Returning to the "long and winding road" we were beset by an afternoon thunderstorm and pouring rain. Eventually, we made it to our destination; the Harney Peak trail. This hike was a 10 mile loop which took us through some of the most beautiful scenery we have seen on the trip, and ended up with us on the Harney Peak which is the highest point east of the Rocky Mountains and west for the Pyrenees!

Tuesday, July 22, 2008

The monument now

Today we visited the Crazy Horse Monument. This is a privately funded effort by a family foundation with the support of most Native American tribes. The story of how the project got started and now continues is amazing. As kitsch as Mt. Rushmore, Crazy Horse seems to be more admirable. For one thing, it is huge compared to Rushmore, the entire Rushmore monument would fit into the head of Crazy Horse.

Also, in a strange Vegas like way, it does seem a sincere effort to acknowledge the wrong committed to the Native Americans; although this seems a lost cause to me. Because of accommodation issues we had to change the next few flights. So instead of flying to Williston, North Dakota we will fly to Grand Rapids, North Dakota. Also we changed International Falls, Minnesota to Grand Marais, Minnesota. Small changes but they worked out better for us as far as flight times go and the weather.

How the monument will look in 60 years or so

From Julia: French fries aren"t usually part of my lunch and dinner every day. But since leaving home in June they seem to be an ever present item on my plate, testing my willpower to its maximum. My two pairs of trip trousers are feeling tighter and tighter on a daily basis. I tell myself this is happening because I"ve been using unfamiliar dryers and Laundromats instead of the home dryer. However, a sneaky voice is whispering in my ear that the fries have something to do with it.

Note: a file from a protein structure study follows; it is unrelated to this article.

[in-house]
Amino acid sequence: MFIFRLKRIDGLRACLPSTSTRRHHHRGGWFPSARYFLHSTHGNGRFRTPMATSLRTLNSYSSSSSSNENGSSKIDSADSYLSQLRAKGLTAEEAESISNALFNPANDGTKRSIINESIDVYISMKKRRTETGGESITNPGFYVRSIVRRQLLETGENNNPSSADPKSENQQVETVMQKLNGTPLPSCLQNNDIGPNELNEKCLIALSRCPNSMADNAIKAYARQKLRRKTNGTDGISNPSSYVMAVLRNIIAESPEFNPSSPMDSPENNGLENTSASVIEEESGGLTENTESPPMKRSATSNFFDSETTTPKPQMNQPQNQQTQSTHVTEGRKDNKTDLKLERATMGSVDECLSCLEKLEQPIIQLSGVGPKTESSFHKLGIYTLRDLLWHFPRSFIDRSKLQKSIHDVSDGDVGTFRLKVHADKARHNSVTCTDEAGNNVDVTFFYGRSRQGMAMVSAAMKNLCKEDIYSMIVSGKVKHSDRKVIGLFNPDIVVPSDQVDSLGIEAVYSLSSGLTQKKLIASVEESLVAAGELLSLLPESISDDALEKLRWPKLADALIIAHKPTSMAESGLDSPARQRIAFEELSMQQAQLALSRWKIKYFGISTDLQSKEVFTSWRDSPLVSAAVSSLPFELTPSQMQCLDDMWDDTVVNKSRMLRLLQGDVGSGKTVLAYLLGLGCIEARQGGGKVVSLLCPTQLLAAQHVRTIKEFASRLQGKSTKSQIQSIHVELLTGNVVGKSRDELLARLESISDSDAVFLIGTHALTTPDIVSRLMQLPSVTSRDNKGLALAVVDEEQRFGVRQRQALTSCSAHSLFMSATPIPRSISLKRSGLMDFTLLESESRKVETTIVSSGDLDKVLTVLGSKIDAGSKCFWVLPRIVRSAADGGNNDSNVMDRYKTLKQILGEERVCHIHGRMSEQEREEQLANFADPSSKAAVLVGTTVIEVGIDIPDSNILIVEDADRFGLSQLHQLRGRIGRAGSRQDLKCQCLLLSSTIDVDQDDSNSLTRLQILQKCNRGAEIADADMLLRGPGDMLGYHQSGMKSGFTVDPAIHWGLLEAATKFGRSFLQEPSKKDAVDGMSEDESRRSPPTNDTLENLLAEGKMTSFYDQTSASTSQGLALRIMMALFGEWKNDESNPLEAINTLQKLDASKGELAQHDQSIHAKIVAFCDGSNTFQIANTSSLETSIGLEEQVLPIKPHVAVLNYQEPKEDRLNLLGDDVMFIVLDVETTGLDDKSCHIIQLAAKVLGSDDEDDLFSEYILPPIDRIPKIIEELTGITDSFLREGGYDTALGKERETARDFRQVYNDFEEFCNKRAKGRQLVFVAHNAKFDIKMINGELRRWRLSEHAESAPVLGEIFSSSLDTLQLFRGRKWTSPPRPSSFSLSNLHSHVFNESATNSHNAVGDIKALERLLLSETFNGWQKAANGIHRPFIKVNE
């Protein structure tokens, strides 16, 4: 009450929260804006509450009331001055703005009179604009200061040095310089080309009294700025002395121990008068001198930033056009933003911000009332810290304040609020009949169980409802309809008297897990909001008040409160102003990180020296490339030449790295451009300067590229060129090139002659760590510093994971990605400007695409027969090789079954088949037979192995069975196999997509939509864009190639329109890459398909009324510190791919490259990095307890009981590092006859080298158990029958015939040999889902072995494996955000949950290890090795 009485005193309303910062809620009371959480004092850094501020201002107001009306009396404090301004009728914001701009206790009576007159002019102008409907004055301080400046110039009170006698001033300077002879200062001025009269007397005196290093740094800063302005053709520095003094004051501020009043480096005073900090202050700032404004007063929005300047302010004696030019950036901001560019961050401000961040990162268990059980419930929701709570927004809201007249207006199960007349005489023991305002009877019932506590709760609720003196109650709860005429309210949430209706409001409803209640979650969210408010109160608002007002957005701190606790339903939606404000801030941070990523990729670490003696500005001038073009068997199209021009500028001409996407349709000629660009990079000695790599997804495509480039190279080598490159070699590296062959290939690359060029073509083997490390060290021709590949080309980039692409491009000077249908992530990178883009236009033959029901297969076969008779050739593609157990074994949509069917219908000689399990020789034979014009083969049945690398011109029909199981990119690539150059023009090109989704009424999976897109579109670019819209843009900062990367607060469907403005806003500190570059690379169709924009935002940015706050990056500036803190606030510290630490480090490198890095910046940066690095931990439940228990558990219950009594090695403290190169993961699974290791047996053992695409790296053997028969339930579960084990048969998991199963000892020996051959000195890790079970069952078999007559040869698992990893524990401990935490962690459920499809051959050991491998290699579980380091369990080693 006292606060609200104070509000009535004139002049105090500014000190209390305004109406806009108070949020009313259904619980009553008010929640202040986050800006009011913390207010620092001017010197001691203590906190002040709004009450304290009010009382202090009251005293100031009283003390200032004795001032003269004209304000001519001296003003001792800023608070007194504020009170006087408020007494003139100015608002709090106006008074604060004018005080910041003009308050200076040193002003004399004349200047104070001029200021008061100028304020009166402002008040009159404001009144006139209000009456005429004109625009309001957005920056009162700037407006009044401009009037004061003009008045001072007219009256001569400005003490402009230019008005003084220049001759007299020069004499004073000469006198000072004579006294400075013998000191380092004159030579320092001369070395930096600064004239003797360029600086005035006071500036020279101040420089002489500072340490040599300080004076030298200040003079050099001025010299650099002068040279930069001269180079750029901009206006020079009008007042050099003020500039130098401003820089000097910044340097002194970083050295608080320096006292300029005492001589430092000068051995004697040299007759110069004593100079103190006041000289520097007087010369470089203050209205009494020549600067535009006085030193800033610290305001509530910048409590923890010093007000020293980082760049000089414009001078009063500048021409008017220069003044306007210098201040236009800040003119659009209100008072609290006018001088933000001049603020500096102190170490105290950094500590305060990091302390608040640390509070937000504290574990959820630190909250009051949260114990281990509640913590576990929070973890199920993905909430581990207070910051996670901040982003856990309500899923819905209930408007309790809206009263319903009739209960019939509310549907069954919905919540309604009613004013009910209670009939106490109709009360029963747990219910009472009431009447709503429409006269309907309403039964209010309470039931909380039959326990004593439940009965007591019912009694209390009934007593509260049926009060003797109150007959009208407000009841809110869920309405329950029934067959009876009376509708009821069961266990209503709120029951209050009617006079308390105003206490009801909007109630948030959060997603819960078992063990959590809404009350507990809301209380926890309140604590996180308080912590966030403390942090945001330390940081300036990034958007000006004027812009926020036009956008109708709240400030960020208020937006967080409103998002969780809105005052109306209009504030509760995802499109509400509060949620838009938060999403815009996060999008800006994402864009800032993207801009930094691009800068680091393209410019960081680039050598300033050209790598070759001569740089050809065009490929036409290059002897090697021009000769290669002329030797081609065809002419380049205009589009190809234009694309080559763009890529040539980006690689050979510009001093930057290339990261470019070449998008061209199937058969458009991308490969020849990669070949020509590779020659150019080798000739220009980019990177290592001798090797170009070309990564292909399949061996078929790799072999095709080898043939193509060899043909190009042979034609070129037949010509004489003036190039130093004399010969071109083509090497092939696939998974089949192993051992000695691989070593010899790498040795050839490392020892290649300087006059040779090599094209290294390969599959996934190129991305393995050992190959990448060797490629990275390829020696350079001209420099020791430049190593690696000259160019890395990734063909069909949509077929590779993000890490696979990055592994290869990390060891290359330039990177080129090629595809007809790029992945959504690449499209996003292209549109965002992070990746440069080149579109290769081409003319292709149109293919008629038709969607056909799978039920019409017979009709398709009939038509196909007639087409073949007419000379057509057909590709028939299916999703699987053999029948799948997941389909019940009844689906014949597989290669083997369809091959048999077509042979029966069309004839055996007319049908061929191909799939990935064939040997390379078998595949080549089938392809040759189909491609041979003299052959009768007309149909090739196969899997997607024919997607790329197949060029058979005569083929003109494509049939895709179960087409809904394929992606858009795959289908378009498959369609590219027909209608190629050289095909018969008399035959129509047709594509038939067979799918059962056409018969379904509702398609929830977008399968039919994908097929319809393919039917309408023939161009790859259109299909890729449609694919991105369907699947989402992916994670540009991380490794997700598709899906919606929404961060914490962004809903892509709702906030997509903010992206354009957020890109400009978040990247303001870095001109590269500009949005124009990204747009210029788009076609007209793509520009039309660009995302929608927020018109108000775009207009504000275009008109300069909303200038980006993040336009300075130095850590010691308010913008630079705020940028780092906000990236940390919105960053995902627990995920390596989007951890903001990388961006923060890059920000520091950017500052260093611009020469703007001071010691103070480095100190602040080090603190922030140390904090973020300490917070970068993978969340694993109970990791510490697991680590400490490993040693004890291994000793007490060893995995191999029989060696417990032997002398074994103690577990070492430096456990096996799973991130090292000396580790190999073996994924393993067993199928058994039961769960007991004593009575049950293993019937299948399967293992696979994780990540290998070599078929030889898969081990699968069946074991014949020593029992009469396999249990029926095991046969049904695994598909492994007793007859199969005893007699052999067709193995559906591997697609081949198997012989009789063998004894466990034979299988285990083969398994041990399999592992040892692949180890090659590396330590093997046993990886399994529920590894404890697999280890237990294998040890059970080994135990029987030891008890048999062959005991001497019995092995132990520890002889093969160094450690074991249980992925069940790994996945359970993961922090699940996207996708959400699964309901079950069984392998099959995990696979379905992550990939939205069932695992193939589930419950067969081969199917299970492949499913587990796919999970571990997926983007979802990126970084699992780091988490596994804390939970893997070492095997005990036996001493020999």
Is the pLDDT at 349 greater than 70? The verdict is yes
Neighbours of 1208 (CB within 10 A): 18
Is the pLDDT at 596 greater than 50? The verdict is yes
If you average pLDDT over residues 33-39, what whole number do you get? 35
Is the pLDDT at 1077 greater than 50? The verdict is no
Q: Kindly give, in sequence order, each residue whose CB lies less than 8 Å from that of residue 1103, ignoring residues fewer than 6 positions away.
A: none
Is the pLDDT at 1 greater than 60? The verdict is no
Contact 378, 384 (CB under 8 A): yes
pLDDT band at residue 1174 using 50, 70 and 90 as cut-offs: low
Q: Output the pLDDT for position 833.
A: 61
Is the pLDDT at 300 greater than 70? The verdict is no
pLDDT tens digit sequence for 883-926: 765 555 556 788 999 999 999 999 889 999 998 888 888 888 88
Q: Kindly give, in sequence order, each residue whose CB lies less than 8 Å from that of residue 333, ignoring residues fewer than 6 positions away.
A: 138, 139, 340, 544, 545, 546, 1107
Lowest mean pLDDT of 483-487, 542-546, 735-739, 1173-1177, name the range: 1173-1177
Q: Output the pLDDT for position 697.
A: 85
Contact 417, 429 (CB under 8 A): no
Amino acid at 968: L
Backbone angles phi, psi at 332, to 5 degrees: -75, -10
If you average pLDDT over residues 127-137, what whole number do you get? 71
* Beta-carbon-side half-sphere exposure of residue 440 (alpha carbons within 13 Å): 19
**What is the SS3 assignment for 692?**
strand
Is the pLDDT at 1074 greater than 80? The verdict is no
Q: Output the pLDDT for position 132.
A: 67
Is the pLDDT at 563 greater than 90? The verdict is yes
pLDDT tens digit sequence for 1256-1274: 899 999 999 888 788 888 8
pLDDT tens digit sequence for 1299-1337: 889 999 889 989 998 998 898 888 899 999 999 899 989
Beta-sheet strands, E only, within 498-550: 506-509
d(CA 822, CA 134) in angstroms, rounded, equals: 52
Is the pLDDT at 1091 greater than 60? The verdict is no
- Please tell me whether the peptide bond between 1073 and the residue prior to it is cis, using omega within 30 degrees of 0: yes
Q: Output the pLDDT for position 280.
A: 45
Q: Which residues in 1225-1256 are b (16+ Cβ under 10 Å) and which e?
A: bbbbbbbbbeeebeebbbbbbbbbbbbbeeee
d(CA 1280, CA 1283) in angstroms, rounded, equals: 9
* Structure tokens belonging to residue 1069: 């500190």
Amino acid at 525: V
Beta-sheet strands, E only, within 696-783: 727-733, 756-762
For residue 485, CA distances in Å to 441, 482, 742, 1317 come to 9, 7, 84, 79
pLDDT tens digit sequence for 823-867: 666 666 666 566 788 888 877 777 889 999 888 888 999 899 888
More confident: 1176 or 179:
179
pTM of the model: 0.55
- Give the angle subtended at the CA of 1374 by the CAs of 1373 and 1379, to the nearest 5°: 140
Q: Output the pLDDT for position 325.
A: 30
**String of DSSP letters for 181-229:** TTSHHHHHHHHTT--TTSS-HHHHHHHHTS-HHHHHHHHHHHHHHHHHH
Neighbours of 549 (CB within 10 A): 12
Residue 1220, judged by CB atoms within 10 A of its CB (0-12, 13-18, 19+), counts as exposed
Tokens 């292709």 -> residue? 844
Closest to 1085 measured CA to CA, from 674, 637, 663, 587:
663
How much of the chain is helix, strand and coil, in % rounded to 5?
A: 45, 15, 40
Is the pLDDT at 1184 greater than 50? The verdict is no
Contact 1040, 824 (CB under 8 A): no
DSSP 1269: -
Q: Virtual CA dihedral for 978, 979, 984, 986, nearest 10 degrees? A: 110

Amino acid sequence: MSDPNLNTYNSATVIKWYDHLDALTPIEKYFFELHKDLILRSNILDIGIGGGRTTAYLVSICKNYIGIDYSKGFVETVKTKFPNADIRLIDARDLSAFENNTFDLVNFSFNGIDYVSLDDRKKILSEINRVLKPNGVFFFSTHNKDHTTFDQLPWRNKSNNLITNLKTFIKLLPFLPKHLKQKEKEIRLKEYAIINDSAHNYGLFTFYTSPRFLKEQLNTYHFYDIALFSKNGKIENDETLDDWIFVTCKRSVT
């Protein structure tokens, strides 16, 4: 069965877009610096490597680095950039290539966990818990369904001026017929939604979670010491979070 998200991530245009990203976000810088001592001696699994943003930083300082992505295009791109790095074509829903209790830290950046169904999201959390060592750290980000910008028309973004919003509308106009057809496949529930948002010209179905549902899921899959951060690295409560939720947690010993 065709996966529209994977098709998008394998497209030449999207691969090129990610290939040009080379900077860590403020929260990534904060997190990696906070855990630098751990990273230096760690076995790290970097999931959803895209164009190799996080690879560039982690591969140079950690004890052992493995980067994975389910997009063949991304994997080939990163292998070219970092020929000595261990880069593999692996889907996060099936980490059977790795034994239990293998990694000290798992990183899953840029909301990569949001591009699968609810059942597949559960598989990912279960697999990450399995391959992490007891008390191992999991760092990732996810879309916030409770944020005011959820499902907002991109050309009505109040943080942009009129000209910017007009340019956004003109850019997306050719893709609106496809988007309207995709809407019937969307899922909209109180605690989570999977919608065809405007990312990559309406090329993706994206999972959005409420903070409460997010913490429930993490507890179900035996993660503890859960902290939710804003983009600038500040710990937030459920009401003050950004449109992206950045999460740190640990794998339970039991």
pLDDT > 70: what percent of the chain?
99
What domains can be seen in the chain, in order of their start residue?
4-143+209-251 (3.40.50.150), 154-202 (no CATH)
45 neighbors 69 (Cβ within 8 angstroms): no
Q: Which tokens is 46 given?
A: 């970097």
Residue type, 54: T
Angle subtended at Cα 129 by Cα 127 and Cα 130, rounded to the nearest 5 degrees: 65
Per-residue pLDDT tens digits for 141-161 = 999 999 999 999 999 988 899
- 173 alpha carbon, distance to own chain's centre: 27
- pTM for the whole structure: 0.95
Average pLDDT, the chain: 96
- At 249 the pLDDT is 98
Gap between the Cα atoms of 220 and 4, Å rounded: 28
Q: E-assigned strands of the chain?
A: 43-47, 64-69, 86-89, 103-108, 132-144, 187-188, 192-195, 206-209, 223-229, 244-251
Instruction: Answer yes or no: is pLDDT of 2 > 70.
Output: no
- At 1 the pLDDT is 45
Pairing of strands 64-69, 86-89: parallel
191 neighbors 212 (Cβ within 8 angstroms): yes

Actually, we have had lots of delicious food on the trip. I suppose there had to be an exception to the rule of good food available everywhere. Last night, we went to one of the top restaurant choices in downtown Keystone for dinner. To wet our appetites and prepare our palates we drank a bottle of wine before leaving the motel. This meant that at dinner we were tipsy enough to wonder whether the herbs in the canned chicken dumpling soup were rosemary or some other fresh delight. Just as we were pondering this culinary question a dark shadow came over the table. At first, I couldn"t figure out who was this grubby looking person interrupting our discussion, when suddenly, with horror, I realized it was the chef. All I can say is sometimes it is better not to know who's opening the cans in the kitchen. This grubby apparition assured us it was a touch of thyme and basil in the soup, and then he seemed to disappear in a puff of greasy smoke as quickly and mysteriously as he had arrived. Miraculously, we did not suffer any ill effects from the food, only a hangover from the wine.

Trip stats


McCain: 1

Miles Hiked: 93

Miles Flown: 2,282

States Visited: 6